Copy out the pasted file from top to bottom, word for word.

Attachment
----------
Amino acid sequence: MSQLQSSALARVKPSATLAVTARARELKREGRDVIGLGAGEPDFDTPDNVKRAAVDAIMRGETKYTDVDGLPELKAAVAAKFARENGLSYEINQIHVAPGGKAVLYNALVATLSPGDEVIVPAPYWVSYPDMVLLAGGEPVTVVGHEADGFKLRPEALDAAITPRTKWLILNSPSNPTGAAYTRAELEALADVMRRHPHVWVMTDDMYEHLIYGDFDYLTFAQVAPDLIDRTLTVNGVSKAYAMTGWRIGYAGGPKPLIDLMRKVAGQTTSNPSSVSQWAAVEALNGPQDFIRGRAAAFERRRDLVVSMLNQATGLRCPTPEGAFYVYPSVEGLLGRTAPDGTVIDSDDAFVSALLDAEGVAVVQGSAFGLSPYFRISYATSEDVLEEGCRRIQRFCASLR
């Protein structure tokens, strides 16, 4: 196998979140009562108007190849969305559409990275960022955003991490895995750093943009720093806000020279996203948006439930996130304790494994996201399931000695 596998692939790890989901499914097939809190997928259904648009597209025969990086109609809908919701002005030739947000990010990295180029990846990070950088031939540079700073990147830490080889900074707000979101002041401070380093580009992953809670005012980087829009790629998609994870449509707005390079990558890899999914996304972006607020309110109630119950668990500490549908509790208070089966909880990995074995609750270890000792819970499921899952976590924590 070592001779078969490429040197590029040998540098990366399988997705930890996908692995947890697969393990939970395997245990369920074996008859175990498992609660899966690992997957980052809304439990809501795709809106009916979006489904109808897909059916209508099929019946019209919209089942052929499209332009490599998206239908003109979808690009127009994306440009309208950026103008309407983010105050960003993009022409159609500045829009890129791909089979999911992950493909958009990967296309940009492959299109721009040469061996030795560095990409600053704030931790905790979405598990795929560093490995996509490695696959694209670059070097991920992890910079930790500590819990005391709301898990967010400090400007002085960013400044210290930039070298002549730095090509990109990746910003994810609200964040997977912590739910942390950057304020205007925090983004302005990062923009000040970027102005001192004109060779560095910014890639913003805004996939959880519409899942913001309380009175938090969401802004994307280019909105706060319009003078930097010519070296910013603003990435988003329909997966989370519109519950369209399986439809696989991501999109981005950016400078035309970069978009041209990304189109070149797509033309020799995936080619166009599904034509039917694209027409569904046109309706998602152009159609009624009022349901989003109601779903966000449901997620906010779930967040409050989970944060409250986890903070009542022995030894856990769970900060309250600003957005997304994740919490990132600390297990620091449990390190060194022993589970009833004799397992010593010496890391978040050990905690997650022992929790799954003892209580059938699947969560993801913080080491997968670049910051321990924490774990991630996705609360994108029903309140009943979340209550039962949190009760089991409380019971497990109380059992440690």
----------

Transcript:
Amino acid sequence: MSQLQSSALARVKPSATLAVTARARELKREGRDVIGLGAGEPDFDTPDNVKRAAVDAIMRGETKYTDVDGLPELKAAVAAKFARENGLSYEINQIHVAPGGKAVLYNALVATLSPGDEVIVPAPYWVSYPDMVLLAGGEPVTVVGHEADGFKLRPEALDAAITPRTKWLILNSPSNPTGAAYTRAELEALADVMRRHPHVWVMTDDMYEHLIYGDFDYLTFAQVAPDLIDRTLTVNGVSKAYAMTGWRIGYAGGPKPLIDLMRKVAGQTTSNPSSVSQWAAVEALNGPQDFIRGRAAAFERRRDLVVSMLNQATGLRCPTPEGAFYVYPSVEGLLGRTAPDGTVIDSDDAFVSALLDAEGVAVVQGSAFGLSPYFRISYATSEDVLEEGCRRIQRFCASLR
């Protein structure tokens, strides 16, 4: 196998979140009562108007190849969305559409990275960022955003991490895995750093943009720093806000020279996203948006439930996130304790494994996201399931000695 596998692939790890989901499914097939809190997928259904648009597209025969990086109609809908919701002005030739947000990010990295180029990846990070950088031939540079700073990147830490080889900074707000979101002041401070380093580009992953809670005012980087829009790629998609994870449509707005390079990558890899999914996304972006607020309110109630119950668990500490549908509790208070089966909880990995074995609750270890000792819970499921899952976590924590 070592001779078969490429040197590029040998540098990366399988997705930890996908692995947890697969393990939970395997245990369920074996008859175990498992609660899966690992997957980052809304439990809501795709809106009916979006489904109808897909059916209508099929019946019209919209089942052929499209332009490599998206239908003109979808690009127009994306440009309208950026103008309407983010105050960003993009022409159609500045829009890129791909089979999911992950493909958009990967296309940009492959299109721009040469061996030795560095990409600053704030931790905790979405598990795929560093490995996509490695696959694209670059070097991920992890910079930790500590819990005391709301898990967010400090400007002085960013400044210290930039070298002549730095090509990109990746910003994810609200964040997977912590739910942390950057304020205007925090983004302005990062923009000040970027102005001192004109060779560095910014890639913003805004996939959880519409899942913001309380009175938090969401802004994307280019909105706060319009003078930097010519070296910013603003990435988003329909997966989370519109519950369209399986439809696989991501999109981005950016400078035309970069978009041209990304189109070149797509033309020799995936080619166009599904034509039917694209027409569904046109309706998602152009159609009624009022349901989003109601779903966000449901997620906010779930967040409050989970944060409250986890903070009542022995030894856990769970900060309250600003957005997304994740919490990132600390297990620091449990390190060194022993589970009833004799397992010593010496890391978040050990905690997650022992929790799954003892209580059938699947969560993801913080080491997968670049910051321990924490774990991630996705609360994108029903309140009943979340209550039962949190009760089991409380019971497990109380059992440690």